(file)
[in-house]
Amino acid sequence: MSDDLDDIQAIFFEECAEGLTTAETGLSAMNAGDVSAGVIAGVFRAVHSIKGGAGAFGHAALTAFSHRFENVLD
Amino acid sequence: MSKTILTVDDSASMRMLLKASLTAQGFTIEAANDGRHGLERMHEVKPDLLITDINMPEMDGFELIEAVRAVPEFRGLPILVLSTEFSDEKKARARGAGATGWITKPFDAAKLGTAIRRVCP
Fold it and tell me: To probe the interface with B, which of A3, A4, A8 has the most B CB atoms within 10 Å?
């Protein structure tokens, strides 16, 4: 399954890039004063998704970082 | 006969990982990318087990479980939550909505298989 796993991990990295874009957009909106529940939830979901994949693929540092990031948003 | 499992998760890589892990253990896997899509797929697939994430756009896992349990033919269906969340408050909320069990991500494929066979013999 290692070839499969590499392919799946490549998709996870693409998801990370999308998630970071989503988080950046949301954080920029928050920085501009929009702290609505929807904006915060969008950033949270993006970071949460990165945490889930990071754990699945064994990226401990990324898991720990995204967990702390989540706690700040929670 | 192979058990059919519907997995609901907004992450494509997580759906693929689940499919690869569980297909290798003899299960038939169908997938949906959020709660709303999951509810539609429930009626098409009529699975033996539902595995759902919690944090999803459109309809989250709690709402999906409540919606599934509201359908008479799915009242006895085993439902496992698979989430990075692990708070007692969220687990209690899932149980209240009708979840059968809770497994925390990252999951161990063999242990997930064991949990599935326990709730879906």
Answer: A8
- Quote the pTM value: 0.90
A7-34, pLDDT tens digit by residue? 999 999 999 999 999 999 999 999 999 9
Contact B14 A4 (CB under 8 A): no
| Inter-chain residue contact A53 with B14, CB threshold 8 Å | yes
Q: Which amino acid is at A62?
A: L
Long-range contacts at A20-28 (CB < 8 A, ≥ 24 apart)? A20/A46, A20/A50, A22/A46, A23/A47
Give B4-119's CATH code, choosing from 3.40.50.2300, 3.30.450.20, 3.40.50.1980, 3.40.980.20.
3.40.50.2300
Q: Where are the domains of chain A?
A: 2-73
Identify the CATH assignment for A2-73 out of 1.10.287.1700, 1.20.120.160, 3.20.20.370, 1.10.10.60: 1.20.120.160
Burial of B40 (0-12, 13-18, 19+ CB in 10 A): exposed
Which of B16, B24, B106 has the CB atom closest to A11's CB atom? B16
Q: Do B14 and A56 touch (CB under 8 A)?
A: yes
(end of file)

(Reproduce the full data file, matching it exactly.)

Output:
[in-house]
Amino acid sequence: MSDDLDDIQAIFFEECAEGLTTAETGLSAMNAGDVSAGVIAGVFRAVHSIKGGAGAFGHAALTAFSHRFENVLD
Amino acid sequence: MSKTILTVDDSASMRMLLKASLTAQGFTIEAANDGRHGLERMHEVKPDLLITDINMPEMDGFELIEAVRAVPEFRGLPILVLSTEFSDEKKARARGAGATGWITKPFDAAKLGTAIRRVCP
Fold it and tell me: To probe the interface with B, which of A3, A4, A8 has the most B CB atoms within 10 Å?
């Protein structure tokens, strides 16, 4: 399954890039004063998704970082 | 006969990982990318087990479980939550909505298989 796993991990990295874009957009909106529940939830979901994949693929540092990031948003 | 499992998760890589892990253990896997899509797929697939994430756009896992349990033919269906969340408050909320069990991500494929066979013999 290692070839499969590499392919799946490549998709996870693409998801990370999308998630970071989503988080950046949301954080920029928050920085501009929009702290609505929807904006915060969008950033949270993006970071949460990165945490889930990071754990699945064994990226401990990324898991720990995204967990702390989540706690700040929670 | 192979058990059919519907997995609901907004992450494509997580759906693929689940499919690869569980297909290798003899299960038939169908997938949906959020709660709303999951509810539609429930009626098409009529699975033996539902595995759902919690944090999803459109309809989250709690709402999906409540919606599934509201359908008479799915009242006895085993439902496992698979989430990075692990708070007692969220687990209690899932149980209240009708979840059968809770497994925390990252999951161990063999242990997930064991949990599935326990709730879906």
Answer: A8
- Quote the pTM value: 0.90
A7-34, pLDDT tens digit by residue? 999 999 999 999 999 999 999 999 999 9
Contact B14 A4 (CB under 8 A): no
| Inter-chain residue contact A53 with B14, CB threshold 8 Å | yes
Q: Which amino acid is at A62?
A: L
Long-range contacts at A20-28 (CB < 8 A, ≥ 24 apart)? A20/A46, A20/A50, A22/A46, A23/A47
Give B4-119's CATH code, choosing from 3.40.50.2300, 3.30.450.20, 3.40.50.1980, 3.40.980.20.
3.40.50.2300
Q: Where are the domains of chain A?
A: 2-73
Identify the CATH assignment for A2-73 out of 1.10.287.1700, 1.20.120.160, 3.20.20.370, 1.10.10.60: 1.20.120.160
Burial of B40 (0-12, 13-18, 19+ CB in 10 A): exposed
Which of B16, B24, B106 has the CB atom closest to A11's CB atom? B16
Q: Do B14 and A56 touch (CB under 8 A)?
A: yes